Journalists working for Uzbek-language media complain that broadcasting legislation requiring outlets to disseminate at least half of their programming in Kyrgyz is discriminatory. They say they are filling a niche since the national TV channel broadcasts in Kyrgyz and Russian but not Uzbek, and complain that language laws are too restrictive, inhibiting the use of Uzbek in the public domain.
In the nearby town of Uzgen, Uzbeks do have political representation - the deputy mayor, Mukhamadjon Nosirov, is an ethnic Uzbek who laments any prospect of enmity between two peoples who have "lived together down the ages."
These days Uzgen is a sleepy town, but in 1990 it was the scene of bloody clashes between Kyrgyz and Uzbeks, an event that was one of the early tremors in the break-up of the Soviet Union. The current political pressures reminded people of this, Nosirov said, but ordinary people want no repeat of the violence that left over 200 people dead two decades ago (some sources say up to 1,000 died).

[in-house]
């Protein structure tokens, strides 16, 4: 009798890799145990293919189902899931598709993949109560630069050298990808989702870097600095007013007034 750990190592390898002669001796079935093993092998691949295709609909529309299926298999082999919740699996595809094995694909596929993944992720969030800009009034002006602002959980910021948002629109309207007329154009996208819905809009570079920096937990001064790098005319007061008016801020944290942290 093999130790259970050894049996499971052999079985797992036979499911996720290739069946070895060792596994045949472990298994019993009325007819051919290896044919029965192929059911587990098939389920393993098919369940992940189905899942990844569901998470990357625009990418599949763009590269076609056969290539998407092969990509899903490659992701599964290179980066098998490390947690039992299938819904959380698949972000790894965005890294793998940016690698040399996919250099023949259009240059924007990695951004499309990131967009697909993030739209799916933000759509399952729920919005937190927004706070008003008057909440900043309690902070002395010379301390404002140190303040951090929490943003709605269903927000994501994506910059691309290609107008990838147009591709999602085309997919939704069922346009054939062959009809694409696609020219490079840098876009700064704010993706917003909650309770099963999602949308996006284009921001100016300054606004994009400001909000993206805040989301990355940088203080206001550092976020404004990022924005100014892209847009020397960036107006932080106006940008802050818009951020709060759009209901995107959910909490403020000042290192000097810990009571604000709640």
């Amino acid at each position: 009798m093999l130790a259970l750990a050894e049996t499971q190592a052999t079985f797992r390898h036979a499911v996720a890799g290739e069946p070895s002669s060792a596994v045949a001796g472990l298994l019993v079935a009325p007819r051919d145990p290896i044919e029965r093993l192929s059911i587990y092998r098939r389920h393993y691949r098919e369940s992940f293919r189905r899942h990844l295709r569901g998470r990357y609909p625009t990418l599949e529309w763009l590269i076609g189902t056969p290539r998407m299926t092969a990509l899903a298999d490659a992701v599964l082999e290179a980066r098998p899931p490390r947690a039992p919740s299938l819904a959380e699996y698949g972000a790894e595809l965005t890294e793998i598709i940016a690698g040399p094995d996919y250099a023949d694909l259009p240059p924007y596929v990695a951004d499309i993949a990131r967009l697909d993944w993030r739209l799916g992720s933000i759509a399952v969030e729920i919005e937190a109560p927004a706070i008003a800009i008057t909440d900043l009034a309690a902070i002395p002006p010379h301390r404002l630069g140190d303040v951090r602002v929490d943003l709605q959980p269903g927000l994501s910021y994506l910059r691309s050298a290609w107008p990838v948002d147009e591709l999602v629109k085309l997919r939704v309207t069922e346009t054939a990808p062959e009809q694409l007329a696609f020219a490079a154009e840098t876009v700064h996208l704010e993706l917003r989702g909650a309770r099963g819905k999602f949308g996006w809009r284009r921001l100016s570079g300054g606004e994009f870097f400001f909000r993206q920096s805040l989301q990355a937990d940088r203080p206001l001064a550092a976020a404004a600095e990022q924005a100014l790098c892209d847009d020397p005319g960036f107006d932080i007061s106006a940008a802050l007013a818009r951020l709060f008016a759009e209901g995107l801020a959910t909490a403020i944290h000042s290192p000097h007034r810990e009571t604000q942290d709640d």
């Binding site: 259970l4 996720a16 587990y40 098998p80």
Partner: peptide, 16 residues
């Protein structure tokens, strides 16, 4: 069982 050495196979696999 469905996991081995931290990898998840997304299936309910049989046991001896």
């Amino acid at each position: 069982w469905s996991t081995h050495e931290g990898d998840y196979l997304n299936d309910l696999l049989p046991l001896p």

"There was, of course, an apprehension, some fear, because no one has yet forgotten this tragedy of the 1990s," Nosirov told EurasiaNet.org. "Very many people from the Kyrgyz side and the Uzbek side died. But the poor peasants and the ordinary people have never needed this and they don’t need it now."
He dismisses recent tensions in Jalal-Abad as "score settling between the leaders of the two ethnic groups," and echoes Karamatov’s view - and that of many ordinary inhabitants of southern Kyrgyzstan - that power seekers play on ethnic tensions. "They want to make kings out of themselves, at the expense of the blood of others," Nosirov concluded.
He can take heart from the view of one 22-year-old unemployed Jalal-Abad resident, who spoke to EurasiaNet.org on condition of anonymity. "People say that here in Jalal-Abad interethnic strife will erupt," he said. "It’s all a lie... Uzbeks and Kyrgyzs were born here and we won’t allow fighting between them. It’s all a provocation by Bakiyev’s relatives."
Joanna Lillis is a freelance writer who specializes in Central Asian affairs.